He was searching for the perfect woman.
But when he discovered perfect love, it was in a man.
Atlanta, 1980. Bob Newell longs for a loving wife and family. Unfortunately, things don't go as planned.
He breaks free from an abusive relationship and is only a step away from sleeping on the streets,
when a sinister figure from his past beats him up and tosses him in the gutter.
Blaine hasn't found intimacy, so he settles for anonymous sex and he thinks the hunk in the gutter would be tasty.
So he hauls Bob up from the sidewalk and over several weeks the two damaged men form an uneasy friendship.
But when a drunken night at the disco opens the door to his fantasies, Blaine risks sex with straight Bob.
It proves to be a mistake and Bob flees in the night.
Renewed danger from the dark figure forces Bob to seek refuge in Blaine's apartment.
While Blaine embraces the growing feeling that his new roommate may be his ideal lover,
his health deteriorates and threatens their fragile liaison.
Will Bob ever accept that the love he craves was in Blaine's heart all along?
Sometimes Lovin' is Hurtful is an emotionally charged male-male romance, straight and gay.
If you like heartfelt journeys of healing and complicated relationships, then you'll tremble at this cataclysmic novel.
Read Sometimes Lovin' is Hurtful to get swept up in an emotive whirlwind, ultimately settling in love.
Sometimes Lovin' is Hurtful
432 pages, 107,000 words
Paperback (ISBN: 978-0999858318), eBook (ISBN: 978-0999858363)
and Audiobook (ISBN: 978-0999858332)
Italy, AD 589. Italy moans, barely breathing.
Industry, agriculture and city life had stopped,
all of it erased by decades of war and the plague.
The Romans are hangdog, defeated, and Titus moves among them.
But what can he do under such brutal overlords?
An educated man, he publishes books in his scriptorium for sale to the Eastern Empire.
He observes what has been lost and laments it.
The King, having given him the responsibility for his Roman subjects,
reserves to himself any authority to act. Titus reports abuses,
the King takes no action and the people taunt Titus for being in cahoots with their oppressors.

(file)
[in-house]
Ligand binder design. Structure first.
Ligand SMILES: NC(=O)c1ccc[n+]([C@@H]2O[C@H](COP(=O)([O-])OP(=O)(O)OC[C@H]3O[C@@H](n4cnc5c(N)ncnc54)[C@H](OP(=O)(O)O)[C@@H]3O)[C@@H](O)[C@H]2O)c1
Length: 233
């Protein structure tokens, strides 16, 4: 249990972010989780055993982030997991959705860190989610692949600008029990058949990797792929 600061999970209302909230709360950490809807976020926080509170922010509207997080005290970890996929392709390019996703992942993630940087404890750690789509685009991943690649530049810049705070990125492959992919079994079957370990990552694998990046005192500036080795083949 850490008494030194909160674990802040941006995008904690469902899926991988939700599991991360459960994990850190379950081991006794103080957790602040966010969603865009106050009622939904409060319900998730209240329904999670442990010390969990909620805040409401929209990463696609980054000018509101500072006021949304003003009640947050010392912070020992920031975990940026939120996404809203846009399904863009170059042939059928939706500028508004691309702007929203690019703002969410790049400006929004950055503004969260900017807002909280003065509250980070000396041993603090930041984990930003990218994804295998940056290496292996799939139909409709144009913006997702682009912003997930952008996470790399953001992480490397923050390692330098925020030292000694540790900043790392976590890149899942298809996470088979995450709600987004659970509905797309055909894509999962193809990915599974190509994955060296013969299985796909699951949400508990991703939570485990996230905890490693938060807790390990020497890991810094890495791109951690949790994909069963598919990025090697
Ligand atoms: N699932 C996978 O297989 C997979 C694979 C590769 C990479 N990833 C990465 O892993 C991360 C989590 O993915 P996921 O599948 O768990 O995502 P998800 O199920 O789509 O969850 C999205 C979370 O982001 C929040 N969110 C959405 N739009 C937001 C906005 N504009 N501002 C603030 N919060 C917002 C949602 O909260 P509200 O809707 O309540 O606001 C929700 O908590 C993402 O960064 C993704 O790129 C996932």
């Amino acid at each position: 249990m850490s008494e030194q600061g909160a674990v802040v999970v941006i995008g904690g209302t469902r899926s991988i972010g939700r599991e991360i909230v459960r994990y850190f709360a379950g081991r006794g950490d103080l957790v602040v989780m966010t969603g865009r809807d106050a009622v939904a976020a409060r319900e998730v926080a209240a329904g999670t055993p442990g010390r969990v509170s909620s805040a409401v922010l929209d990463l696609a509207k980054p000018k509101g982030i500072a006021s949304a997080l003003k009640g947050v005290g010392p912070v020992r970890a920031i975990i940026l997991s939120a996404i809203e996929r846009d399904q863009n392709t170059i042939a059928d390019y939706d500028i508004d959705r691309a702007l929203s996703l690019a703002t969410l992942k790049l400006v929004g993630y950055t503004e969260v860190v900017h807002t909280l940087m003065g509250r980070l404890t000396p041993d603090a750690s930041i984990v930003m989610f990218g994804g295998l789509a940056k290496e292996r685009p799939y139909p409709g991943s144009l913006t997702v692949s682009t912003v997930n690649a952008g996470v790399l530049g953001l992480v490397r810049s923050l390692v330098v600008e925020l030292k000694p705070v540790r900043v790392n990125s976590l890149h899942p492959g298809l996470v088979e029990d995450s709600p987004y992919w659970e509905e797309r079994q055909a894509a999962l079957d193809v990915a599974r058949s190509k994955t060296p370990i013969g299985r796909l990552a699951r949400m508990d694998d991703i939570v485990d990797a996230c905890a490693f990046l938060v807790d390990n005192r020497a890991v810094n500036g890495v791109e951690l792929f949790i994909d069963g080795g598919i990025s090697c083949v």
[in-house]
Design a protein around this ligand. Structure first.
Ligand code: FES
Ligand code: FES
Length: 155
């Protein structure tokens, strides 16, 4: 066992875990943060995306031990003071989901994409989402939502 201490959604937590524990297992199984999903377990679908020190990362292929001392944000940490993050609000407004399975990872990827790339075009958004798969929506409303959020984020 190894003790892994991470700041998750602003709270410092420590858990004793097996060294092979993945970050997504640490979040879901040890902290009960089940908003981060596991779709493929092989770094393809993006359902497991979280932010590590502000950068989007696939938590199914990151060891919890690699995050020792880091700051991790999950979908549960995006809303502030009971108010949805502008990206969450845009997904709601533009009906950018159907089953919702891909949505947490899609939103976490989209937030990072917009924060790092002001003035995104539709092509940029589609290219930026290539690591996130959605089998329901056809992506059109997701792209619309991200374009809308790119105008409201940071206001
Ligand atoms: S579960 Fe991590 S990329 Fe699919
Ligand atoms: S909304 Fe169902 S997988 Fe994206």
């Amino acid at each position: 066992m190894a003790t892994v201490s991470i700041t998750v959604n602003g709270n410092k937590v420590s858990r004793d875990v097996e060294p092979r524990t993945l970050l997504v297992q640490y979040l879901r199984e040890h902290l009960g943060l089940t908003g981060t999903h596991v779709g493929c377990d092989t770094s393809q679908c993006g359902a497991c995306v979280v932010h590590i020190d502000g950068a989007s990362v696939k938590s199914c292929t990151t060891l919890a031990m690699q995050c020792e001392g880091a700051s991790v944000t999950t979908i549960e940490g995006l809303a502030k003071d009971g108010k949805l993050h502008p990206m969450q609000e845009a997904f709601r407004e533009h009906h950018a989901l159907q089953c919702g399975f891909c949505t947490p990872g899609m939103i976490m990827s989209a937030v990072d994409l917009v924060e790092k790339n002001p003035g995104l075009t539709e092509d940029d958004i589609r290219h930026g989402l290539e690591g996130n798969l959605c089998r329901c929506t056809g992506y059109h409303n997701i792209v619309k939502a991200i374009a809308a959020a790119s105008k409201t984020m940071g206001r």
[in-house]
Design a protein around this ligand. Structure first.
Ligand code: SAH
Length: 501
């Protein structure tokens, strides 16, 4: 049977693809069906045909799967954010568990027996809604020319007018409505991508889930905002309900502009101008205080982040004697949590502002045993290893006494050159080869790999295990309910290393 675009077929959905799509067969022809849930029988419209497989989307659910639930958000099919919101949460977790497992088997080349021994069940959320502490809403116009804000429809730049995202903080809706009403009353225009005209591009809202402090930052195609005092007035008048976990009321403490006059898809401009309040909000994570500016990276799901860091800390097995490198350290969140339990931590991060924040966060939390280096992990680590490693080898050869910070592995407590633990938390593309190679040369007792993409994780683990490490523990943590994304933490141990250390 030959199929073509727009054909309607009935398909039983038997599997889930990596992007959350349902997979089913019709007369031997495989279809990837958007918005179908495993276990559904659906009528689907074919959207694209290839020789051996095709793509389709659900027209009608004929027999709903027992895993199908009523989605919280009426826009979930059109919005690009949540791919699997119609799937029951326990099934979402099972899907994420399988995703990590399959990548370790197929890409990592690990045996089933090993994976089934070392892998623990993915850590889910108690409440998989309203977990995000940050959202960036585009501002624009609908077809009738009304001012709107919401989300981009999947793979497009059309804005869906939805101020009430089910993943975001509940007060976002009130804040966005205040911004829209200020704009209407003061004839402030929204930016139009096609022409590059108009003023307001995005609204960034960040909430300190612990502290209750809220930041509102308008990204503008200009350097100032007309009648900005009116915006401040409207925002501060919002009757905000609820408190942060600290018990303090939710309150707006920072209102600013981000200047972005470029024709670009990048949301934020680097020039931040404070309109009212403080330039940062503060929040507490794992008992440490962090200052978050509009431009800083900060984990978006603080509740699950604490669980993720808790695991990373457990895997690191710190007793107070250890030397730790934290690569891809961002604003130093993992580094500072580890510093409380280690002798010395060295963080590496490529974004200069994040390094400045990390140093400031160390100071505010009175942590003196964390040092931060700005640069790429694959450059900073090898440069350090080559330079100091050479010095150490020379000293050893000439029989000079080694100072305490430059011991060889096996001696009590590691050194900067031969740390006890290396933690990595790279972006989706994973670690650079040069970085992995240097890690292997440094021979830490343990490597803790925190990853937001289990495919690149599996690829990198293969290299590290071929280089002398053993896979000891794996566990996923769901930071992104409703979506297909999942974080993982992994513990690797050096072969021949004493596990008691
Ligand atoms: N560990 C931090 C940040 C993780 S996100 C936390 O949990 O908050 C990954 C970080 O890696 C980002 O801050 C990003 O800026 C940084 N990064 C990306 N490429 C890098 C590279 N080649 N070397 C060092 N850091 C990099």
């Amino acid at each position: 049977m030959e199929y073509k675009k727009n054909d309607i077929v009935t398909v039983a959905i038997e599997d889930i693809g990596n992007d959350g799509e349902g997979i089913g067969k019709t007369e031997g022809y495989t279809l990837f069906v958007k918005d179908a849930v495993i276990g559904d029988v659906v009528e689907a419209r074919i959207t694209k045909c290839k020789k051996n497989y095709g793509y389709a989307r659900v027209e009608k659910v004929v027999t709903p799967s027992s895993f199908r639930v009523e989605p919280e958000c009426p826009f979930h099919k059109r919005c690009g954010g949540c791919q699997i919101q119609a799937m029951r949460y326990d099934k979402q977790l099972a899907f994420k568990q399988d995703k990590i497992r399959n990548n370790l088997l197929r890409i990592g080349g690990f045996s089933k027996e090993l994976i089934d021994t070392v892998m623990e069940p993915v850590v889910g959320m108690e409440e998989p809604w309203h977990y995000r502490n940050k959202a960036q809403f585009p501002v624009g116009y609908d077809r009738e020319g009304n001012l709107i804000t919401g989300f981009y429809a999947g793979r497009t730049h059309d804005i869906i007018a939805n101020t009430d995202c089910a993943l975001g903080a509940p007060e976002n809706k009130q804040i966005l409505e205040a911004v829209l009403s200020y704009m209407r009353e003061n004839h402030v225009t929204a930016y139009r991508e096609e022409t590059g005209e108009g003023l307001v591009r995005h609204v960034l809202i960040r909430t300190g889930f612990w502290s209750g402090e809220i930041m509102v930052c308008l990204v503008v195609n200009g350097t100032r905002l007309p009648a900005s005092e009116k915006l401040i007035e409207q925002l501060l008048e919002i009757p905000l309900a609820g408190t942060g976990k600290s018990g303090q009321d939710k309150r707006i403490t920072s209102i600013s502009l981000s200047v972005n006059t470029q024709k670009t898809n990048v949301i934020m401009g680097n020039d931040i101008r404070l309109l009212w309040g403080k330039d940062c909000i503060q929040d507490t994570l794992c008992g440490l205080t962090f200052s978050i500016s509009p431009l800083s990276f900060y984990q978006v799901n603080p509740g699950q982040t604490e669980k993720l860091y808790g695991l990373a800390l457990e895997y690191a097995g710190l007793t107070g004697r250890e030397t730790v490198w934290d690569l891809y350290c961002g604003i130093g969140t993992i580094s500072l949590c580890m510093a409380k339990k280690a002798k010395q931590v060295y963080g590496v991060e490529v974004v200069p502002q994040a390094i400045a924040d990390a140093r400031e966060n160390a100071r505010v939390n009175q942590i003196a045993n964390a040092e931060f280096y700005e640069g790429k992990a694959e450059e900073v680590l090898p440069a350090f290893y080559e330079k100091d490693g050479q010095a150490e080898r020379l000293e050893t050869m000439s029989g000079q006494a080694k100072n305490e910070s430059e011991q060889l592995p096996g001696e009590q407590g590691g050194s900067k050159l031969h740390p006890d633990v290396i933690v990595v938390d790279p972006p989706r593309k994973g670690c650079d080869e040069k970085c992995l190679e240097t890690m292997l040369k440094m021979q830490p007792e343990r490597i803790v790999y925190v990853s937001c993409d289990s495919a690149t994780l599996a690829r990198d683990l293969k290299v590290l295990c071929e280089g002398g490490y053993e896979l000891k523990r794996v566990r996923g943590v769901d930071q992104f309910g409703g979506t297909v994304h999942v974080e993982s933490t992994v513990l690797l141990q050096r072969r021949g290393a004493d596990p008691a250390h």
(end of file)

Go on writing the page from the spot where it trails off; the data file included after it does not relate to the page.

But what can he do?
But then his friend is publicly castrated on the cathedral steps. The question becomes not what? but how?
Armed uprising is futile, the people hangdog and cowering.
But then he sees in their downcast gaze the answer.
They would regain what has been lost by rebuilding the people's confidence, their technologies and crafts.
They would sell their output to the rich East. He would work to rebuild the optimism that had made Rome great.
Titus opens his estate to those fleeing Verona. He builds kilns for the potters.
He parcels out his 6,000 acres for those wishing to farm and instructs his overseer to teach them to farm.
He starts building an Academy to replace those the Pope closed in Rome. He buys scholars to teach in it.
Betrayals come, hostility and distrust, but he presses on to forestall the coming darkness.
But he is rash and goes too far. The overlords arrest him.
You know from your history classes that the shroud of the Dark Ages did befall.
The world retreated into the cloister and prayed for the dissolution of the whole world.
They called it by a pretty euphemism, the End of Days. What they meant was the destruction of everything.
Isn't that a horrible thought? Isn't the world and civilization worth fighting for?
Join Titus in his efforts To Forestall the Darkness. Read it next.
To Forestall the Darkness: A Novel of Ancient Rome, AD 589
612 pages, 158,000 words.
Third Edition, Nov 11, 2017
Paperback (ISBN: 978-0999858301), eBook (ISBN: 978-0999858387)
AD 593. Amid the crumbling grandeur of Christian Rome
a good man opposes both Archdeacon and Pope.
He stands against them as a bulwark for the common people.